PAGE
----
Saturday, June 11, 2011

Sales numbers

Bad Golf, since 12/14/2010
Period Statistics
  • Trials: 7417
  • Purchases: 1822
  • Purchase/Trial Ratio: 24.57 %

Battle for Venga Islands, since 5/23/2011

Period Statistics
  • Trials: 3870
  • Purchases: 878
  • Purchase/Trial Ratio: 22.69 % 
Here is a handy little graph that compares launches of Bad Golf (red) and BFVI (blue)...

Battle for Venga Islands v1.1

Within a day or two after BFVI went live, I knew it wasn't up to my standards.

The main problem was that the difficulty was too high... once the map was all filled it, it was very difficult to make forward progress.  And if you did happen to capture a region that extended into enemy territory, it was extremely easy for the enemy to take it back.  This lead to pretty deadlocked maps.

In spite of that, there were some really dedicated players who captured many hundreds (and one of a thousand) regions in the war for their monarch, which was awesome.

So, I put out a patch version 1.1, which had the following changes:

  • Regions were generally made easier to capture.
  • Ocean regions now counted as friendly when calculating difficulty
  • Added a global percentage to show how much land Blue and Red both held
  • Added the ability to change teams once
  • Added anti-hack measures.
  • Made healthballs show up slightly more often, and last longer before despawning
  • Your own name shows up in red on the high score list
 I think that's it.

I had to wait a week after my initial release to even begin Peer Review for the patch.  The Peer Review itself took about two weeks.  So during all that time, people were buying the game and being greeted with a world that was extremely difficult to make any headway in.  I haven't gotten any hate mail, but I feel bad for people who dove in and paid a buck and were unpleasantly surprised.

Finally, last night, I got my final peer review and the game went live.  Through the night and into today, about 30 people have logged in and started capturing territories.  Since the map and high score list started fresh, it's been fun to watch those fill up.  Some enterprising players captured regions in such a way as to make a smiley face, a frowny face, and the worlds "FU" and "LOL".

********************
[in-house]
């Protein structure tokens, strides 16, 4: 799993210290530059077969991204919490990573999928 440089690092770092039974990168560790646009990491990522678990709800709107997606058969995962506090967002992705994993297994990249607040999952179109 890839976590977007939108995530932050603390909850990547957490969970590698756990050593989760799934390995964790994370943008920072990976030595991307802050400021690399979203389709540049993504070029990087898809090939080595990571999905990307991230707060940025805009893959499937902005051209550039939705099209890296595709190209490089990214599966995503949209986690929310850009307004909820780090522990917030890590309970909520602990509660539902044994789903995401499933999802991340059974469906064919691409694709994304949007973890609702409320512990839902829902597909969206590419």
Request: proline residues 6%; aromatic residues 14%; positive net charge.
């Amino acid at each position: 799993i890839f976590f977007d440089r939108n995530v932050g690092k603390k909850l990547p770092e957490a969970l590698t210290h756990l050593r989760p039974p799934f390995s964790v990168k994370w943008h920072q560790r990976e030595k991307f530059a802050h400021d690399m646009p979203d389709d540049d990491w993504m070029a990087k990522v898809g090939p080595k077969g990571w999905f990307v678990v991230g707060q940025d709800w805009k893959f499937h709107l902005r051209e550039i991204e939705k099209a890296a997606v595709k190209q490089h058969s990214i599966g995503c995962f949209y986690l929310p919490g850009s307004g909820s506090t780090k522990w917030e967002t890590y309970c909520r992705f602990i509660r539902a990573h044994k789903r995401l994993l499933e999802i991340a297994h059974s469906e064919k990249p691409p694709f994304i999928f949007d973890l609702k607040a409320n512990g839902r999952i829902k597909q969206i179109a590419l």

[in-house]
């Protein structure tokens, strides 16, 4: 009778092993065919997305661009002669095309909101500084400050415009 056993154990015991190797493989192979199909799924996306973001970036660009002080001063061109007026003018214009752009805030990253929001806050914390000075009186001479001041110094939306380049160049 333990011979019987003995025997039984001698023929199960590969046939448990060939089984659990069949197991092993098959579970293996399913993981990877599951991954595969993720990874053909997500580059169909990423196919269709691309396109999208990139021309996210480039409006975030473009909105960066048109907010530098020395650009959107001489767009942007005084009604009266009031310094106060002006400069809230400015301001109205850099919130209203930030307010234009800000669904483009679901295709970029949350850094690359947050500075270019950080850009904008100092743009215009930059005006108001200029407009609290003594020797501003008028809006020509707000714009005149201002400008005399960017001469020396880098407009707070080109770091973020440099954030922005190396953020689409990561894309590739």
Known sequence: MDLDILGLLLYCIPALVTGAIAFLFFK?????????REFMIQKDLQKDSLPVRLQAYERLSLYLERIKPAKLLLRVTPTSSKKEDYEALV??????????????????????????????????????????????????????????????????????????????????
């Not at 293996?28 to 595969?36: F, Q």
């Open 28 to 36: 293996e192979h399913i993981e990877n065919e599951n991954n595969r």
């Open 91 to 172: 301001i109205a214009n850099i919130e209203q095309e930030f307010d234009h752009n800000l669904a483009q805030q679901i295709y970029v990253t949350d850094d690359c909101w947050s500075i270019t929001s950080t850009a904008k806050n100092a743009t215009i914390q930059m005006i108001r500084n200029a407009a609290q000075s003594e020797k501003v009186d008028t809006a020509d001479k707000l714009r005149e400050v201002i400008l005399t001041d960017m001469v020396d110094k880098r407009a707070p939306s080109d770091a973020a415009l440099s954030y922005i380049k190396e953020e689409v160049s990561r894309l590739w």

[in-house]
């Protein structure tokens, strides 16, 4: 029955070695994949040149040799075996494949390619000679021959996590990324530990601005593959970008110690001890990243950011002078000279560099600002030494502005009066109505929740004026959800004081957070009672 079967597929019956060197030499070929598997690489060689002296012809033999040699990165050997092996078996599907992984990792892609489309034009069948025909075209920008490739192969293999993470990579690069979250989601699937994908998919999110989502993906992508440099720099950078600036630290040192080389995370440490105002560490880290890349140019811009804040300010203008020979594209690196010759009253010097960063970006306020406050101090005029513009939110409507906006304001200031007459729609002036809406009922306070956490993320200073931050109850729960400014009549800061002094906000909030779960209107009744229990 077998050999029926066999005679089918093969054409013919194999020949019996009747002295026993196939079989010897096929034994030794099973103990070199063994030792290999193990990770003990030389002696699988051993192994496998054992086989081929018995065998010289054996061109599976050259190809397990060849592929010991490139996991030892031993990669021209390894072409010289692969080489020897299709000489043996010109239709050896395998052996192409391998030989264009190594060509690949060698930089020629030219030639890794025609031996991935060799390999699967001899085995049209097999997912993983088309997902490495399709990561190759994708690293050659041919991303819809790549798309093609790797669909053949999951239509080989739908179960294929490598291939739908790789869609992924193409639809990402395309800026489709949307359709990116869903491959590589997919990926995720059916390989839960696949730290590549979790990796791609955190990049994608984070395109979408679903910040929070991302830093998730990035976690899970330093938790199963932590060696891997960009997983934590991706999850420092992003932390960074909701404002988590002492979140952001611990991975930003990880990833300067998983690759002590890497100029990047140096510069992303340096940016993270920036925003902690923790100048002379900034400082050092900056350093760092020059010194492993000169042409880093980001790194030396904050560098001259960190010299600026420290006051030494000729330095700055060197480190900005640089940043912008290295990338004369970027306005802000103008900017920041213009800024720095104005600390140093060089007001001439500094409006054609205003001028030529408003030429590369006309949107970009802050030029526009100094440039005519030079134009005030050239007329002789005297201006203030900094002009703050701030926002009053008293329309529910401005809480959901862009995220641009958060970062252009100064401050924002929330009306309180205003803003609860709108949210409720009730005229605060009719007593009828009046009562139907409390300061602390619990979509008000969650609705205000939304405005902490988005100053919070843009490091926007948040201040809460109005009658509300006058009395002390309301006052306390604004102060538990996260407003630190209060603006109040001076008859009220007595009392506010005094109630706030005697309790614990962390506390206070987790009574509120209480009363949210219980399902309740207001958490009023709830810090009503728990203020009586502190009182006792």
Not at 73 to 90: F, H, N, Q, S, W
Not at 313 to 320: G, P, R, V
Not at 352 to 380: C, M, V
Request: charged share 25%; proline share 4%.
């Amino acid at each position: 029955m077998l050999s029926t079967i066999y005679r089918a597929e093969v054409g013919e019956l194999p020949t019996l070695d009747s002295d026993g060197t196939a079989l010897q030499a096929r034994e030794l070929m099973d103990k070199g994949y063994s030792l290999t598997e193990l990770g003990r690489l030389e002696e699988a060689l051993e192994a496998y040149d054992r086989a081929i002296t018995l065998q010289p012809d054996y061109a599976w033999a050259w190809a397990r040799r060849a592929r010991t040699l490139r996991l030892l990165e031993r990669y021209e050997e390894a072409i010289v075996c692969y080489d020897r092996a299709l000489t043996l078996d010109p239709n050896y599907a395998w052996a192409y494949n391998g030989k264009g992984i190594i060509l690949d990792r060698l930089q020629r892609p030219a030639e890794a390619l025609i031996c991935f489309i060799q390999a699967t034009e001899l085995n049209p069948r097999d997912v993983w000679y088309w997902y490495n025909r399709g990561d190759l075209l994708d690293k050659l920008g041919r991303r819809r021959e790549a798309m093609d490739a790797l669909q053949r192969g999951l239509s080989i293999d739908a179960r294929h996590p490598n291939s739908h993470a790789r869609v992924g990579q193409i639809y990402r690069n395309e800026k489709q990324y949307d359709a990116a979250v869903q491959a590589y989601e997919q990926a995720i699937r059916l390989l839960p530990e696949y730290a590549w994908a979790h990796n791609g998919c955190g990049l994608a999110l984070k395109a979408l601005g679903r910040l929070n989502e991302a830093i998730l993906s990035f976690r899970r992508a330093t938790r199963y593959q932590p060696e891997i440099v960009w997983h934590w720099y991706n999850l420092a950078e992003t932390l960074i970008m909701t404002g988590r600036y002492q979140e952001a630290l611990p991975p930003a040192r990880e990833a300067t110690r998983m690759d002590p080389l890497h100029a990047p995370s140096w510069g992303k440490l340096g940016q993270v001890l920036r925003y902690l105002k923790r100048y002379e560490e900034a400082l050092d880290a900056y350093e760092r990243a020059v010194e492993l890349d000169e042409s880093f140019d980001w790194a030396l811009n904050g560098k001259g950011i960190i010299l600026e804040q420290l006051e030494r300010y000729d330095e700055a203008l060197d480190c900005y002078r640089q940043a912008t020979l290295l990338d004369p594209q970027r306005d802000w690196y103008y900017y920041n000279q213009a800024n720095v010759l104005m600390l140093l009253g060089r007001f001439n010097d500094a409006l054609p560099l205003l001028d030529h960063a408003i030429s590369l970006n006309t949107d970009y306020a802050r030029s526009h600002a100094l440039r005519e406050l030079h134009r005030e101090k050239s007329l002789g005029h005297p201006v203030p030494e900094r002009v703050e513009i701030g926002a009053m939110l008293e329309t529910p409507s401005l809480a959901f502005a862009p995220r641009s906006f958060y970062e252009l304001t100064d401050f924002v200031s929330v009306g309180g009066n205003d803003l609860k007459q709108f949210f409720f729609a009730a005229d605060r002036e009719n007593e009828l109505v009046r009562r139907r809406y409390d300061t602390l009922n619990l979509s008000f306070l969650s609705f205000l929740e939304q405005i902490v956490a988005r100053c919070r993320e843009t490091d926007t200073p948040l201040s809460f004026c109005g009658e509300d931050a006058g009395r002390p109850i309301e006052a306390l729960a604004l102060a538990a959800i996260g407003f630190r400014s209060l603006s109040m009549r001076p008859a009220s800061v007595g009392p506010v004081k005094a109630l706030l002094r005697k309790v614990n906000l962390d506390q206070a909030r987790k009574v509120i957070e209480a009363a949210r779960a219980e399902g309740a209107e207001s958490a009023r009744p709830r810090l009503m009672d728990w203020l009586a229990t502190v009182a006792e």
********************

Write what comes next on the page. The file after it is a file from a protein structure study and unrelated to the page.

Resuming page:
The leaderboard looks like this:

I'm totally shocked that people are playing the game for hours on end to capture that many regions.  That's really rewarding.

I'm pretty bummed that the changes in 1.1 weren't released initially, since lots of people have bought the game and are no longer playing it, but I hope it's not too little too late, and remains fun for those who are still playing it, as well as the last stragglers who join up before it falls off the New Releases list and into oblivion.

But I feel like a big weight has been lifted off my shoulders.  Unless something goes horribly astray, I'm done.

Monday, June 6, 2011

The Next Game

I’m in the really one of the best phases of game development: brainstorming the next idea. No boring work, no technical snafus, just fun thinking.

I have a couple of ideas in my head that I’ve been kicking around for a while now.

Restaurant management game
Whenever I go out for sushi, I watch the orders get delivered to the chefs, and watch them plow through their orders. What I wonder about, though, is what happens if a huge order comes in for a big party, and a minute later, a single diner orders a single little tuna roll? Do you take orders as they come in, first come first served, or do you preempt larger jobs with smaller jobs?

I could imagine a game where you make these kinds of decisions on many levels… seating patrons, taking orders, making food, delivering, cleanup, collecting money, but always trying to do so in the most efficient manner.

I like this idea a lot, but it probably won’t get done. My gut says it requires too much custom art.

“Gather, Build, Share”
Like everyone, I’ve been intrigued by the Minecraft phenomenon. I think GBS is really a core psychological touchstone, and making a game that involved gathering resources, some sort of crafting, and then some ability to share what you’ve made would be awesome.

Team Collaboration